Back in 2008 the USDA Forest Service conducted a survey and study to determine the extent of tree canopy coverage throughout Los Angeles. The study discovered Los Angeles’ existing tree canopy coverage is 21 percent, comparing favorably with 20 percent in Baltimore and 23 percent in New York City. Data also estimated the number of existing trees across Los Angeles numbers around 10.8 million – equaling about 3 trees for every Angeleno.

Some of the 114 Cedrus deodara trees along White Oak Avenue, planted in 1932 between San Fernando Mission Blvd. and San Jose St. in Granada Hills. View is to the south from Tribune St. The trees are Los Angeles Historic-Cultural Monument No. 41. Creative Commons photo: Junkyardsparkle

Some of the 114 Cedrus deodara trees along White Oak Avenue, planted in 1932 between San Fernando Mission Blvd. and San Jose St. in Granada Hills. View is to the south from Tribune St. The trees are Los Angeles Historic-Cultural Monument No. 41. Creative Commons photo: Junkyardsparkle

The interactive Google Map above via KCET’s SoCal Connected displays this 2008 data in color-coded form, with percentages assigned to each city district. One immediately recognizes the disparity in tree canopy coverage between certain sections of Los Angeles. The intensity of color on display demarcates both an affluence in trees and economic wealth, making it clear there is a connection between the two symbols of green: the higher the average income, the more trees lining the streets and inhabiting yards.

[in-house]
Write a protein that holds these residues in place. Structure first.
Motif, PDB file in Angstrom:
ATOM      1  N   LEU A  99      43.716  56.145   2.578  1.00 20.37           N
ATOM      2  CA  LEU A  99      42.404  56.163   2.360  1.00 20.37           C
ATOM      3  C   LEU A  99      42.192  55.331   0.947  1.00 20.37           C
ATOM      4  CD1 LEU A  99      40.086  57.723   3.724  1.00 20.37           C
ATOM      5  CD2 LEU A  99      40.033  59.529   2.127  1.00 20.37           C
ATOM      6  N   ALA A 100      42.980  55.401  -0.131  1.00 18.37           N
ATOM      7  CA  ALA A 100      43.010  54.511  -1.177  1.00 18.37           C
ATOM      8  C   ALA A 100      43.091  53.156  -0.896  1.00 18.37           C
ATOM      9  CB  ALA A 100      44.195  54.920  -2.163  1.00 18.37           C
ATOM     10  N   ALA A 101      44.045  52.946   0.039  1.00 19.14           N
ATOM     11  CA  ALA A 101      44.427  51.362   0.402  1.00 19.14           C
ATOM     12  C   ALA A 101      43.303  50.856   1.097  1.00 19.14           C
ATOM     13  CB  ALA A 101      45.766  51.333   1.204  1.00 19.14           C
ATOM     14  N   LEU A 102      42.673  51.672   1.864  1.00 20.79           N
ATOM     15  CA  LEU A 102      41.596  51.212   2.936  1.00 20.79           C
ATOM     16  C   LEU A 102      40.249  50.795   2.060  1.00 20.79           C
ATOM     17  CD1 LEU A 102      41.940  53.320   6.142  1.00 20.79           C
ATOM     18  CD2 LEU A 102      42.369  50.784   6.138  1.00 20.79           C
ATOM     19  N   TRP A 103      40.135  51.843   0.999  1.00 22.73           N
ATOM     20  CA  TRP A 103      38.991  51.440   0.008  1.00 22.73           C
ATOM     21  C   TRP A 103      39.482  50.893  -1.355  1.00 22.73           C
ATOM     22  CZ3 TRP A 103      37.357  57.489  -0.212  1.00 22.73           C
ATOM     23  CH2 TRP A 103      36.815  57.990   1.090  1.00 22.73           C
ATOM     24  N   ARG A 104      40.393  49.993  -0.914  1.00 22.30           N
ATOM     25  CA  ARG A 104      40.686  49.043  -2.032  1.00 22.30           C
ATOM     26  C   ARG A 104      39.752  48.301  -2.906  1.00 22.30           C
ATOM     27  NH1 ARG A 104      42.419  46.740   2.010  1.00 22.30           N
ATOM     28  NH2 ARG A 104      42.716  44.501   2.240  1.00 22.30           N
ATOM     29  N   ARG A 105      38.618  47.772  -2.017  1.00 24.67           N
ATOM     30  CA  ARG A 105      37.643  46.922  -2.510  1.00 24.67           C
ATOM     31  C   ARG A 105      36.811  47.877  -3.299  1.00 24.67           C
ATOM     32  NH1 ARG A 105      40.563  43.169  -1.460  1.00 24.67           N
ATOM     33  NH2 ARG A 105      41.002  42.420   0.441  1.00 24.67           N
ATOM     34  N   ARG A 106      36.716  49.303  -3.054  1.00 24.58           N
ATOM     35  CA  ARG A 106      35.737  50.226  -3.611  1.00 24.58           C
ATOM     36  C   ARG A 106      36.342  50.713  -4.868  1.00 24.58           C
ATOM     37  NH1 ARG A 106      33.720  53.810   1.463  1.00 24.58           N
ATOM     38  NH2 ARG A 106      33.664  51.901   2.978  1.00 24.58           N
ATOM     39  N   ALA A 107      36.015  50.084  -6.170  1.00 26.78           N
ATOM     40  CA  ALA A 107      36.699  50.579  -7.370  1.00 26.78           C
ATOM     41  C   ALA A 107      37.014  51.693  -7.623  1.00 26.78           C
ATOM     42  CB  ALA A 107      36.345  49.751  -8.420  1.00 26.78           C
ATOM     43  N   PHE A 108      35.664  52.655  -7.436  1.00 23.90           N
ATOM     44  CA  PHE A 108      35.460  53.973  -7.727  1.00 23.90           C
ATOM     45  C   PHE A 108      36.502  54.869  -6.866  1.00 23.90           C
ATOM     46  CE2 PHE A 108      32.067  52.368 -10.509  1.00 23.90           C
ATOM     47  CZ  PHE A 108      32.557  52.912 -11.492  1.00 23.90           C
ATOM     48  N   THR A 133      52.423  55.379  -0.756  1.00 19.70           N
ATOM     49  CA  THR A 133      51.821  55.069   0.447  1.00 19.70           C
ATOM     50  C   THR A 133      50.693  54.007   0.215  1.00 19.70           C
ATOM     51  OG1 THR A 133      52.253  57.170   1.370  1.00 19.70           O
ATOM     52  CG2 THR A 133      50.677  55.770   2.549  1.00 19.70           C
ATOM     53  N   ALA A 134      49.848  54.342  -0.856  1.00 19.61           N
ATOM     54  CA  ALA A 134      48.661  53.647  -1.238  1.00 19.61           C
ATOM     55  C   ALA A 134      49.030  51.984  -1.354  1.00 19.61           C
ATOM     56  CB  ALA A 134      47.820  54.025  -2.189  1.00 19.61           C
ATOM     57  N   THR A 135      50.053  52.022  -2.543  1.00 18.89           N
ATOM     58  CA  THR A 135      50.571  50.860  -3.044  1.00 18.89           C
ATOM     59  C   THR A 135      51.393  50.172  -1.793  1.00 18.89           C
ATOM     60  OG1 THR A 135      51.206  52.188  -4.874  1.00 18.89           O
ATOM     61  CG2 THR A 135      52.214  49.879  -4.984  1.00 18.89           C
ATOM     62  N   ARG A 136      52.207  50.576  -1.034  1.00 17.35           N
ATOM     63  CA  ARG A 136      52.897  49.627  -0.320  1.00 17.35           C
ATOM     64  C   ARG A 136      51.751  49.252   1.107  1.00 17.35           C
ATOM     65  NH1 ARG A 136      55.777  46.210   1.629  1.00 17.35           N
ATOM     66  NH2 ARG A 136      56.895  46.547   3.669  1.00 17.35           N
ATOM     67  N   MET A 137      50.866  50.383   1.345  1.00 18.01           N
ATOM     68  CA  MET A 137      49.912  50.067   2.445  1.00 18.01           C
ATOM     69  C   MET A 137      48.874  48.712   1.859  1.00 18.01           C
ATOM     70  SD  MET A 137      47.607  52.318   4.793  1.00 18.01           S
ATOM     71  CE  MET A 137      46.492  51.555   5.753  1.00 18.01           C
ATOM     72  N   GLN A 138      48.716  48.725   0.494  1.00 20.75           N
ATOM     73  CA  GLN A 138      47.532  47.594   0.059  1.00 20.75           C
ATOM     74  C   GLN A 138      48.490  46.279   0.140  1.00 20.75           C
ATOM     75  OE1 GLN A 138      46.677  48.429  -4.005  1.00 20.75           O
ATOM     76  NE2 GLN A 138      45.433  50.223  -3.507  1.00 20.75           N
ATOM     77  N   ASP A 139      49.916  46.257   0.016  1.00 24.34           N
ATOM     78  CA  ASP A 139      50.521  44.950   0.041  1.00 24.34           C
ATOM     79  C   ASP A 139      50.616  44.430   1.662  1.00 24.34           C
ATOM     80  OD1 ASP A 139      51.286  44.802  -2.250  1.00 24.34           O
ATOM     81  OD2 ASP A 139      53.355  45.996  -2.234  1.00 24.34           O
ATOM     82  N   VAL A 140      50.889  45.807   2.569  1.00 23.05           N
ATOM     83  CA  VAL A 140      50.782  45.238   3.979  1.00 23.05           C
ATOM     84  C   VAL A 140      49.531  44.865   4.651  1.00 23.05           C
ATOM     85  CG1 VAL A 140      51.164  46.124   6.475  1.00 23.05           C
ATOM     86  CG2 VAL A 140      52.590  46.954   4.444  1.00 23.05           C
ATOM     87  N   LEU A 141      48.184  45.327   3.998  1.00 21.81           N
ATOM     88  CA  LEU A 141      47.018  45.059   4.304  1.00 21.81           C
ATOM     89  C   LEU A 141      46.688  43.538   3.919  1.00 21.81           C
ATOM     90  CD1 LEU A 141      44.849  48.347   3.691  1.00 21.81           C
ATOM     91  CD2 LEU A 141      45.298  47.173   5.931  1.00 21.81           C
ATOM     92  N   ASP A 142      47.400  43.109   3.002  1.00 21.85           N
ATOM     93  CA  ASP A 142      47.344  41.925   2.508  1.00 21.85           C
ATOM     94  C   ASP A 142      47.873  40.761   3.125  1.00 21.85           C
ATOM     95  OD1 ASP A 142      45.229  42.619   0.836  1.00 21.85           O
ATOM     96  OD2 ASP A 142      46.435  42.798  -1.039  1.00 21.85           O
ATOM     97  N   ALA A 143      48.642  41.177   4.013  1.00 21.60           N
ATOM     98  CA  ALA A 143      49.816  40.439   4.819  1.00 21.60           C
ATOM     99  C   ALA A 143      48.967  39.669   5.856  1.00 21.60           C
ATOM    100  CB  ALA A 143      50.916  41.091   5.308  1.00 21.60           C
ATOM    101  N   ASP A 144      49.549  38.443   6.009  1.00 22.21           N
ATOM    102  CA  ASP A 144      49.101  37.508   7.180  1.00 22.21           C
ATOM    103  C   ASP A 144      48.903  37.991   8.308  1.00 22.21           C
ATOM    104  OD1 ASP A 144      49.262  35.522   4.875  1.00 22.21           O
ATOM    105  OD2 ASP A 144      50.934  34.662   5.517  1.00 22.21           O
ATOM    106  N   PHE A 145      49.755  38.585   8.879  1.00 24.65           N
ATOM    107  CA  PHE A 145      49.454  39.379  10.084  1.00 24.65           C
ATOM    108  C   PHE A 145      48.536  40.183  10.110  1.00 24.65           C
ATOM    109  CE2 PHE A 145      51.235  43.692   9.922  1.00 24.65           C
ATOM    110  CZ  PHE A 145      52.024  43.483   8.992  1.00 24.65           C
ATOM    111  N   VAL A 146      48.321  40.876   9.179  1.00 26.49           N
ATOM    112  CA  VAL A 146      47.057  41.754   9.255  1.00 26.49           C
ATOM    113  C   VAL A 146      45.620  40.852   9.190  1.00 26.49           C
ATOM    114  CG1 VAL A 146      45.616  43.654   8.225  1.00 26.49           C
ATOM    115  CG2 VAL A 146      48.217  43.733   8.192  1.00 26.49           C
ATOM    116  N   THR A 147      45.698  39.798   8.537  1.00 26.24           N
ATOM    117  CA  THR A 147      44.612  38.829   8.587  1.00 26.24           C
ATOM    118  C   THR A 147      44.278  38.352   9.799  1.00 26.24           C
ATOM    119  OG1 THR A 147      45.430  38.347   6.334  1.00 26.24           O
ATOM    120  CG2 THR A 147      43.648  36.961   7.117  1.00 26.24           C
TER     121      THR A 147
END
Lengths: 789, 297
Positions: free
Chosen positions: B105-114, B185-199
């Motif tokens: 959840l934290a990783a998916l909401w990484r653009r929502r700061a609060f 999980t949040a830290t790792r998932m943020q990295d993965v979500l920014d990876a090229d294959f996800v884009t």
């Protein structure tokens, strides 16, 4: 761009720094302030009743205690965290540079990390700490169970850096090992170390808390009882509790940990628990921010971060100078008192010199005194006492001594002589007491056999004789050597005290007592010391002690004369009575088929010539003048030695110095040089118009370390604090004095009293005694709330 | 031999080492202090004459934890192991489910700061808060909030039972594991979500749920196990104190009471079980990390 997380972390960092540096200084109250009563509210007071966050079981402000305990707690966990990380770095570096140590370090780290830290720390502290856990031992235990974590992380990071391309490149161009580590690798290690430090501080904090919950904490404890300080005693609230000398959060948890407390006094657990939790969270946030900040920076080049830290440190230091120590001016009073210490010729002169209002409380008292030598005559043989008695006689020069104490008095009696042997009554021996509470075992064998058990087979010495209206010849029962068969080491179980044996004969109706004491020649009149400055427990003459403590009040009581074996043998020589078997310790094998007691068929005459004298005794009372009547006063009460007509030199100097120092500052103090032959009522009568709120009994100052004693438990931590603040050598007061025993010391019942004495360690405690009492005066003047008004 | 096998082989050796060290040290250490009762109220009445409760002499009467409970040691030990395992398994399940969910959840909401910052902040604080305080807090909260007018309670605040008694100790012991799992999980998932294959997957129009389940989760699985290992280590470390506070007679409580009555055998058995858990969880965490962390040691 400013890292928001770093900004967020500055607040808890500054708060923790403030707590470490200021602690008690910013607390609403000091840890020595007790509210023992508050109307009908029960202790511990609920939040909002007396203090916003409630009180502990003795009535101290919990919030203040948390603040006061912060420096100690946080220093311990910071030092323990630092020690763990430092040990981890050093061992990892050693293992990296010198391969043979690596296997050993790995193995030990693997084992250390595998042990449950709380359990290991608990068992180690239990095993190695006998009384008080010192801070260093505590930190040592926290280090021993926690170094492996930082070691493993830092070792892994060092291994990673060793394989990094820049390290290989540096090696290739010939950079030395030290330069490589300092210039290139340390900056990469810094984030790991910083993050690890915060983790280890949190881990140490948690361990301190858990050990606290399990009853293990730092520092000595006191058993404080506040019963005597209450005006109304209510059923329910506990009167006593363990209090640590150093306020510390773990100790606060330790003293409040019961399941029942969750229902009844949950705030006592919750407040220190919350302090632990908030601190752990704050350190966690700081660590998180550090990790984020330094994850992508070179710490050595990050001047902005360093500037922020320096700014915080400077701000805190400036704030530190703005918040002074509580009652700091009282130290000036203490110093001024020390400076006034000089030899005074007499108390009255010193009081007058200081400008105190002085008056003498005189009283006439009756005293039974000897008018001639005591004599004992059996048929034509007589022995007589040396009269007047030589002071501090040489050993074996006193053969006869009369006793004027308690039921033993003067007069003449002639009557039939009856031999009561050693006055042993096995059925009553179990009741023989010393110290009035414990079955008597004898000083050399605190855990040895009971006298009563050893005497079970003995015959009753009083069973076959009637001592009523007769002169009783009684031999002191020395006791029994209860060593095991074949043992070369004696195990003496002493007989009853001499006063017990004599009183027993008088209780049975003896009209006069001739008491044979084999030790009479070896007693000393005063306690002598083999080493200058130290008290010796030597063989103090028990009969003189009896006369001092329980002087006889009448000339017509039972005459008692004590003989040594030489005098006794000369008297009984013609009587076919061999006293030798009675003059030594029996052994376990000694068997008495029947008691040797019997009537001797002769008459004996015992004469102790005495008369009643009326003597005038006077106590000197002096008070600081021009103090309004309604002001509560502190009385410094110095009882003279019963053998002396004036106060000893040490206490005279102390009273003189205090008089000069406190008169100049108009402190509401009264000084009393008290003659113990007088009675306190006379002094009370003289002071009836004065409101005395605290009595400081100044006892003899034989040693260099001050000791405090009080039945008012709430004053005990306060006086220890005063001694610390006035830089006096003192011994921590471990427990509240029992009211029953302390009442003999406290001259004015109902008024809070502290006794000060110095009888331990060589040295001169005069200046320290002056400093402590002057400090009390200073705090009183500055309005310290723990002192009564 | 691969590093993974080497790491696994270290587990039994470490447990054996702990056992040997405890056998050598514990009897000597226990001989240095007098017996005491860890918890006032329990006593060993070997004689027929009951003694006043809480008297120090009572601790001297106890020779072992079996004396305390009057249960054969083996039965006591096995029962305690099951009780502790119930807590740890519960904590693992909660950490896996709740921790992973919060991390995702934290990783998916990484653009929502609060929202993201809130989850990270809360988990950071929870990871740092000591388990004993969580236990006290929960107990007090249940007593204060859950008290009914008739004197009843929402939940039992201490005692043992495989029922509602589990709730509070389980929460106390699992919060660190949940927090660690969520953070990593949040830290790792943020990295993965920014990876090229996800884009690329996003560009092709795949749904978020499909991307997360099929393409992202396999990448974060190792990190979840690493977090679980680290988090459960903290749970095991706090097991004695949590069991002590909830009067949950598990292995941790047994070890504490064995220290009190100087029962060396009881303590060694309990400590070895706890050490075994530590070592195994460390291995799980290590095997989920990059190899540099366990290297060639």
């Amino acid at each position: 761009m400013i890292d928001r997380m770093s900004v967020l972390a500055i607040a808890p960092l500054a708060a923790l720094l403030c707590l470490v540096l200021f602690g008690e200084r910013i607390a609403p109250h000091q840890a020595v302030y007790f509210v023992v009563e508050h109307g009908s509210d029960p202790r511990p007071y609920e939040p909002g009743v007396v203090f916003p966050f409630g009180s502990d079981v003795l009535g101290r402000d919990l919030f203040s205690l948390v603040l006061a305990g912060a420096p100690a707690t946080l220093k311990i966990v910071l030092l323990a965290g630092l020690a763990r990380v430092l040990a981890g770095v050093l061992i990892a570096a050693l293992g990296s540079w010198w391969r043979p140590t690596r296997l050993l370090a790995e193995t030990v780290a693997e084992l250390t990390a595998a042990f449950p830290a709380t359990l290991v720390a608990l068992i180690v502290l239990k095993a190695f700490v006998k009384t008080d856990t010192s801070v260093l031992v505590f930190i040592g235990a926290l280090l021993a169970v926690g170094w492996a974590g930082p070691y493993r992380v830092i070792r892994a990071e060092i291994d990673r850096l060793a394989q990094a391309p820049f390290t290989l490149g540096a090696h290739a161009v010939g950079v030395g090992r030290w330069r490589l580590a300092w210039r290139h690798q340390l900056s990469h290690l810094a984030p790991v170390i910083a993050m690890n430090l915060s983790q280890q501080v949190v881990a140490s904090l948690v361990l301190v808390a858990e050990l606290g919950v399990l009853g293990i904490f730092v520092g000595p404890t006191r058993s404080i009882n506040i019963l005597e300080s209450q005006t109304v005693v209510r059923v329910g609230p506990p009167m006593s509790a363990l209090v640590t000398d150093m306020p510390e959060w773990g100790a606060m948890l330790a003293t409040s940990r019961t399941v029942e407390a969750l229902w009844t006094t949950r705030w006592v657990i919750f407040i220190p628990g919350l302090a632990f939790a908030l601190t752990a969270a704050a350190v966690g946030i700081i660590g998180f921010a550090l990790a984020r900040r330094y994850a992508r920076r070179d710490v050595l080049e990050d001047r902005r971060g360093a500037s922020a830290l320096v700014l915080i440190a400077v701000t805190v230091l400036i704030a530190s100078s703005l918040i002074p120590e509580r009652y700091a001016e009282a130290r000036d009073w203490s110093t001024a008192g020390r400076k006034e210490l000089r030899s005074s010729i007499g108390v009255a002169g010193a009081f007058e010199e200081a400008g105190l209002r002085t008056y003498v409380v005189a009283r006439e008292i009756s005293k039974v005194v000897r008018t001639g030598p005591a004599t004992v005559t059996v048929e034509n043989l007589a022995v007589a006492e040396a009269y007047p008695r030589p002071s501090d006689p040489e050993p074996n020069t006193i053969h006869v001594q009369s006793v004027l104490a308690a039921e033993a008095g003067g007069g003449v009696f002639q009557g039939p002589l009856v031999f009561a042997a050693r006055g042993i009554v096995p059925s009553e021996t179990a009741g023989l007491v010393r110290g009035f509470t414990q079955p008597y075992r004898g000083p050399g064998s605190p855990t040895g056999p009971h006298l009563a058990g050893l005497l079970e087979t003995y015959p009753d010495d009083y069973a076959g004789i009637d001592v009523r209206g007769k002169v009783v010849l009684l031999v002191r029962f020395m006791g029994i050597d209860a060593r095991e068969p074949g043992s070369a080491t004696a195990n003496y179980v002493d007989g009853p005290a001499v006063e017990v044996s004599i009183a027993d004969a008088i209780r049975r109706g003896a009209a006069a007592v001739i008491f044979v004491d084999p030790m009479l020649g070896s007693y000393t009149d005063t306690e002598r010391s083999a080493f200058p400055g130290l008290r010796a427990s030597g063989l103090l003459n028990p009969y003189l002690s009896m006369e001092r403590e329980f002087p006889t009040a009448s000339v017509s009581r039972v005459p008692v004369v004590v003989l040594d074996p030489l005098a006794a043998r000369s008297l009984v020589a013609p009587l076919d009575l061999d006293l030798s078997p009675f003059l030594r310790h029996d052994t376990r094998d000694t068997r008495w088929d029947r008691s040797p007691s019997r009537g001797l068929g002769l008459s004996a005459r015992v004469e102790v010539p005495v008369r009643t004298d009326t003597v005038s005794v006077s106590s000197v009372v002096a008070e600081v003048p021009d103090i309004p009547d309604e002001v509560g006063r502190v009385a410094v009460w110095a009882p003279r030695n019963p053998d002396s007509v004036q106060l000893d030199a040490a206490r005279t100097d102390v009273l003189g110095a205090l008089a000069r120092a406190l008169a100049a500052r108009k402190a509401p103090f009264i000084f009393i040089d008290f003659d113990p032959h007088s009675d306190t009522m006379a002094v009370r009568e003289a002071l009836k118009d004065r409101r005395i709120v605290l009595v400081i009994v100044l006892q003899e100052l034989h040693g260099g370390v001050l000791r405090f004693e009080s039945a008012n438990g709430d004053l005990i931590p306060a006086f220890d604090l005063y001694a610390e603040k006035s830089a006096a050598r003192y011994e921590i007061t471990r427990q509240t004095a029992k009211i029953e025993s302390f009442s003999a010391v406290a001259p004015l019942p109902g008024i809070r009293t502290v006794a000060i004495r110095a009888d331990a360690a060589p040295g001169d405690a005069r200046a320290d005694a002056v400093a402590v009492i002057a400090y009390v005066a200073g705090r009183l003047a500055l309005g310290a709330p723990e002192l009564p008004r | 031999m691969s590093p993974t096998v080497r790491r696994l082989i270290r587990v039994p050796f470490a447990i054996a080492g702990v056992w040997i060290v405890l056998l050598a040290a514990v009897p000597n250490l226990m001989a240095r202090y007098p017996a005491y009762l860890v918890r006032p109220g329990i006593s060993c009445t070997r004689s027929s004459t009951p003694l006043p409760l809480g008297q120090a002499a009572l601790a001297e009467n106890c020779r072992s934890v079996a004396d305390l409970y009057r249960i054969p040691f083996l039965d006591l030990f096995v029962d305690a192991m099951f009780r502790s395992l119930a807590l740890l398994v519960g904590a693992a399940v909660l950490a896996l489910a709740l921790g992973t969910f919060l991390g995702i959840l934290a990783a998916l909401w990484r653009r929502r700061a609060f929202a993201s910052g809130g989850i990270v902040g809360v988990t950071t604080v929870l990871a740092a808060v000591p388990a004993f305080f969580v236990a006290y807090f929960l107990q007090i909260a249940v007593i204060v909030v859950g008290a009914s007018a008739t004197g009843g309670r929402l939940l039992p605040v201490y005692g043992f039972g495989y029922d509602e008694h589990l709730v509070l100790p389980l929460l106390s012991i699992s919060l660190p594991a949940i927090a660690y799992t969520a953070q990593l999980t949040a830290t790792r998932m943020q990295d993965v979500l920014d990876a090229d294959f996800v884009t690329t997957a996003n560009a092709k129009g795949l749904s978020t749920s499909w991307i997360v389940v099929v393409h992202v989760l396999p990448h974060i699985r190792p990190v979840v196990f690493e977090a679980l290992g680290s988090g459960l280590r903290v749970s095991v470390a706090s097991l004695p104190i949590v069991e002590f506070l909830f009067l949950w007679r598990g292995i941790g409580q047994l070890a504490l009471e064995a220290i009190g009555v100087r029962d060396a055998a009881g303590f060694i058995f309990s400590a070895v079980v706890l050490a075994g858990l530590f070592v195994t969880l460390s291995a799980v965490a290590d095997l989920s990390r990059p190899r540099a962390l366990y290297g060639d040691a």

Trees will increasingly play an important role as a natural mechanism for improving overall life of the citizenry over the span of decades, especially in relation to climate change and drought here in Southern California. Beyond the beauty of living within a tree-rich environment, benefits also include the buffering of noise pollution, improving air quality, providing habitat for urban wildlife, and the curbing of the effects of urban heat islands. Of course, as any gardener already knows, trying to get a young tree to establish during a time of drought requires patience and a lot of water. But in time, the welfare of established trees far outweigh the initial investment and effort, sometimes over the span of generations depending upon the variety.

Graphics: Los Angeles 1-Million Tree Canopy Cover Assessment/USDA

Graphics: Los Angeles 1-Million Tree Canopy Cover Assessment/USDA

Recognizing these beneficial perks to humans and ecosystem, the City of Los Angeles and the DWP are offering residents free trees, some delivered and planted straight to your home. Residents can apply for shade trees, parkway trees (the space between your sidewalk and the street), or even trees in front of businesses. Those who want to meet and pick their tree of choice in person can attend one of the numerous tree adoption events throughout the year by checking this calendar.

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